A series of tiny electromechanical robots capable of walking, jumping and swimming at high speeds faster than cheetahs relative to their size have been developed by researchers at Johannes Kepler University, in Austria.

The steerable robots, which are controlled using a magnetic field and powered using a battery pack or tether, were constructed using soft, tiny electromagnetic actuators featuring embedded liquid metal coils, according to its developers, who printed liquid metal coils onto assorted substrates to achieve different characteristics, such as bendability.

Based on how they are printed, the coils could enable different parts of the substrate to be manipulated so as to achieve some desirable capability — bending just one part could mean an electromechanical robot that mimics how fish swim; bending another part, meanwhile, might allow for the robot to jump or walk. Further, the team of researchers incorporated other elements into the design of these electromechanical robots to enhance their performance, such as adding a sawtooth or L-shaped feet.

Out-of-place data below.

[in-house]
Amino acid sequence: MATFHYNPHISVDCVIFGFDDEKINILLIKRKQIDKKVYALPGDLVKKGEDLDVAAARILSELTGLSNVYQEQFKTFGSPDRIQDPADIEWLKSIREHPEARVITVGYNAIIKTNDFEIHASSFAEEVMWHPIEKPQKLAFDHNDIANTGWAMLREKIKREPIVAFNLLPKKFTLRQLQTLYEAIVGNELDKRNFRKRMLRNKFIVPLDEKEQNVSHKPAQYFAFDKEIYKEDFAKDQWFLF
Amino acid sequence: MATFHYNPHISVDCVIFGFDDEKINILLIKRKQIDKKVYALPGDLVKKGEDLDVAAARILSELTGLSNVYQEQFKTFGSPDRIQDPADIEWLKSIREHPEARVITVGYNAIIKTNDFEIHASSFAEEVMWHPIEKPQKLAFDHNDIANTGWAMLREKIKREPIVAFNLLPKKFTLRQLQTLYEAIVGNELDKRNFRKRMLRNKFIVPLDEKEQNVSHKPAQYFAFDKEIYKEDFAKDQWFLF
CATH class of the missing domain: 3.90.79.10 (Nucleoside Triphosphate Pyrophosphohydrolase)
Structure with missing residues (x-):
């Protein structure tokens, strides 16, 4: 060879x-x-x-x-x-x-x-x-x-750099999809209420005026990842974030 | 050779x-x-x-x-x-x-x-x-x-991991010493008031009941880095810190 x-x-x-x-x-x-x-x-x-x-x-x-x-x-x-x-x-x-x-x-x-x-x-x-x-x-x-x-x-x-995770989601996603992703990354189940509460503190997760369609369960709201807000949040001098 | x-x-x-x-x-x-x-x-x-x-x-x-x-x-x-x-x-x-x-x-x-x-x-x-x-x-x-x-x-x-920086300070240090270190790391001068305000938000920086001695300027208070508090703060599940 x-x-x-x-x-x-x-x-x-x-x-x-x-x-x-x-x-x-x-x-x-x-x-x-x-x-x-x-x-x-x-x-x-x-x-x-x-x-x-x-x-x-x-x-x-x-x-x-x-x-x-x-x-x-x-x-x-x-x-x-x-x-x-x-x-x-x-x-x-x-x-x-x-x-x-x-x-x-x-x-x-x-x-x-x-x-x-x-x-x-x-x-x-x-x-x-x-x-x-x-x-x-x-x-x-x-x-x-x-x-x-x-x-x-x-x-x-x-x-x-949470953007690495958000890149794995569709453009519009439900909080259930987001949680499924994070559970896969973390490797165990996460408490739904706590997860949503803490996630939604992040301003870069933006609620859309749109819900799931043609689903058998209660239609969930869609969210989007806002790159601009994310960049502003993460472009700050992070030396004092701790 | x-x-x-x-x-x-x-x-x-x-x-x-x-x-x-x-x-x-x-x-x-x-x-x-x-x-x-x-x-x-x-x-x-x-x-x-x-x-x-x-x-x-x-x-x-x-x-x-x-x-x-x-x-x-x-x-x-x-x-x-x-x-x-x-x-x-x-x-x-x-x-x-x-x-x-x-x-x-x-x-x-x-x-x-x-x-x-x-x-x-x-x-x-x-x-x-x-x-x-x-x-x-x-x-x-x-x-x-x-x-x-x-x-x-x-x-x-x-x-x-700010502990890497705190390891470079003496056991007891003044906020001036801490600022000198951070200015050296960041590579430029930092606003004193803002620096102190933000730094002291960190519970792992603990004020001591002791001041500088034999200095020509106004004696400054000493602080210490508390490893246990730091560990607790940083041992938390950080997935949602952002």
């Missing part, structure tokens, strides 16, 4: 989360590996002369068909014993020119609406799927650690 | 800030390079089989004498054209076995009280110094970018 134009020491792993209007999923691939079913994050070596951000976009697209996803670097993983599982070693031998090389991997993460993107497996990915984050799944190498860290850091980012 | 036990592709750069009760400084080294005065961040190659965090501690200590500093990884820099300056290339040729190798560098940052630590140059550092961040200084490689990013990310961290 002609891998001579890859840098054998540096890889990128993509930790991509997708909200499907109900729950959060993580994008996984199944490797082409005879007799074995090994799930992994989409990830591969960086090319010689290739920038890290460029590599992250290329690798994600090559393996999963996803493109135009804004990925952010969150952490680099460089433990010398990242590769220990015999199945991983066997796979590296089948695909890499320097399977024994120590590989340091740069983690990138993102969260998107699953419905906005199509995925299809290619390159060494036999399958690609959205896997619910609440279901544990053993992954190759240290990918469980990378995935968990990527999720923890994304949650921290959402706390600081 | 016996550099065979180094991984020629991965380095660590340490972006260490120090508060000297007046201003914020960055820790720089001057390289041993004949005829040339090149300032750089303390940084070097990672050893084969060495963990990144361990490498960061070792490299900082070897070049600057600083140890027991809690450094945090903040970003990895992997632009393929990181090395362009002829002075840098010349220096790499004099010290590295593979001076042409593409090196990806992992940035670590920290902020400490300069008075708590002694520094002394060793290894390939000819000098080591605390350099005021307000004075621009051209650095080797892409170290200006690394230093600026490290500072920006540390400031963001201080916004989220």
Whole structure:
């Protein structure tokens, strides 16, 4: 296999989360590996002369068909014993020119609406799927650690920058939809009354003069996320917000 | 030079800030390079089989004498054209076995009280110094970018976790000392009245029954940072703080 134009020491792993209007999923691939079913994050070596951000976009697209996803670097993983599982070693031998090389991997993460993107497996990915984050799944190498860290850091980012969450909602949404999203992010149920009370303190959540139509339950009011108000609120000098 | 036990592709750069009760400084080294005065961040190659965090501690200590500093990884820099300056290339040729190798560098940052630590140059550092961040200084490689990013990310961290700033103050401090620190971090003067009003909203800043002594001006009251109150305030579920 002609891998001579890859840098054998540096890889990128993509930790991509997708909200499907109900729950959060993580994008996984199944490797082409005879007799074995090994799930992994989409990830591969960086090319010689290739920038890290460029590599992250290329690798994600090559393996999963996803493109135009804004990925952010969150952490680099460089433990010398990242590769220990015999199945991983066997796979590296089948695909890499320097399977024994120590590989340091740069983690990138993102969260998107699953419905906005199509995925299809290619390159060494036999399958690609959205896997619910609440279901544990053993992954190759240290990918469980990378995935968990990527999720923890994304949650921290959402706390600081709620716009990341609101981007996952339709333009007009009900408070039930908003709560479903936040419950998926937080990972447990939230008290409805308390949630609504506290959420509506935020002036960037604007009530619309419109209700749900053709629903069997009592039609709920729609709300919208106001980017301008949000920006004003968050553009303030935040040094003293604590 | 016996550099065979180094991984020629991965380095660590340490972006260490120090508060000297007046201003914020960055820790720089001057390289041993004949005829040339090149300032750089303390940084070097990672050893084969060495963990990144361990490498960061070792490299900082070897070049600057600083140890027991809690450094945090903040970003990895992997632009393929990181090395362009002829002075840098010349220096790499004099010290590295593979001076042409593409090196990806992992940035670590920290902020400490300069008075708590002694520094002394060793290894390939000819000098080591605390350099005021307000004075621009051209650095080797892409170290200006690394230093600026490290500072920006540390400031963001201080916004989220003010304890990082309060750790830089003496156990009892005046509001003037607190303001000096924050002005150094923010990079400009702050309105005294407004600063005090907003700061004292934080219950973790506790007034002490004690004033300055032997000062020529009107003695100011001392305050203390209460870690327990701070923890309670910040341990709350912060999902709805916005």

In the lab, the researchers relied on body lengths per second (BL/s) as a measure to compare the electromechanical robots against other tiny robots as well as larger robots and animals. The team discovered that their tethered running robot could move at about 70 BL/s on its best surface and roughly 35 BL/s on arbitrary surfaces. Meanwhile, its untethered iteration with the additional weight of a battery pack could only achieve 2.1 BL/s while its swimming iteration, outfitted with a tether, achieved just 4.8 BL/s. For measure, the researchers noted that a cheetah runs at between 20 and 30 BL/s.

For more on the electromechanical robots, watch the accompanying video that appears courtesy of Nature Communications.

The article detailing the tiny robots, Ultrafast small-scale soft electromagnetic robots, appears in the journal Nature Communications.

To contact the author of this article, email mdonlon@globalspec.com